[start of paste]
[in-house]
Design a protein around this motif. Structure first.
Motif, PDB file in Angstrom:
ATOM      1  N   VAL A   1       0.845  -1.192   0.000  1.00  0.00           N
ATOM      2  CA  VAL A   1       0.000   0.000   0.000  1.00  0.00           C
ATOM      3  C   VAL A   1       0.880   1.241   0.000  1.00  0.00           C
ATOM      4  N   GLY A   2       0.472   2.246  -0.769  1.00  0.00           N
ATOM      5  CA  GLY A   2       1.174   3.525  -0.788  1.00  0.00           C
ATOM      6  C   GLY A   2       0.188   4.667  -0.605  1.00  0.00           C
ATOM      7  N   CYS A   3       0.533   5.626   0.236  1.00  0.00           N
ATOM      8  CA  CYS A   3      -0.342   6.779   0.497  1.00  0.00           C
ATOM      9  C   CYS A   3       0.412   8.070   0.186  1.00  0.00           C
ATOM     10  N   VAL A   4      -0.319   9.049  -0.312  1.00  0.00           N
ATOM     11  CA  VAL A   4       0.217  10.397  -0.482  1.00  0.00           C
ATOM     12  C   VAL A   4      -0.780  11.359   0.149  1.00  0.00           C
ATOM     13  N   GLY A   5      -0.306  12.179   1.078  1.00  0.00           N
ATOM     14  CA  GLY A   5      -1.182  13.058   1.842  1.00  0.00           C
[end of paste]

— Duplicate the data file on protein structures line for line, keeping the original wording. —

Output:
[in-house]
Design a protein around this motif. Structure first.
Motif, PDB file in Angstrom:
ATOM      1  N   VAL A   1       0.845  -1.192   0.000  1.00  0.00           N
ATOM      2  CA  VAL A   1       0.000   0.000   0.000  1.00  0.00           C
ATOM      3  C   VAL A   1       0.880   1.241   0.000  1.00  0.00           C
ATOM      4  N   GLY A   2       0.472   2.246  -0.769  1.00  0.00           N
ATOM      5  CA  GLY A   2       1.174   3.525  -0.788  1.00  0.00           C
ATOM      6  C   GLY A   2       0.188   4.667  -0.605  1.00  0.00           C
ATOM      7  N   CYS A   3       0.533   5.626   0.236  1.00  0.00           N
ATOM      8  CA  CYS A   3      -0.342   6.779   0.497  1.00  0.00           C
ATOM      9  C   CYS A   3       0.412   8.070   0.186  1.00  0.00           C
ATOM     10  N   VAL A   4      -0.319   9.049  -0.312  1.00  0.00           N
ATOM     11  CA  VAL A   4       0.217  10.397  -0.482  1.00  0.00           C
ATOM     12  C   VAL A   4      -0.780  11.359   0.149  1.00  0.00           C
ATOM     13  N   GLY A   5      -0.306  12.179   1.078  1.00  0.00           N
ATOM     14  CA  GLY A   5      -1.182  13.058   1.842  1.00  0.00           C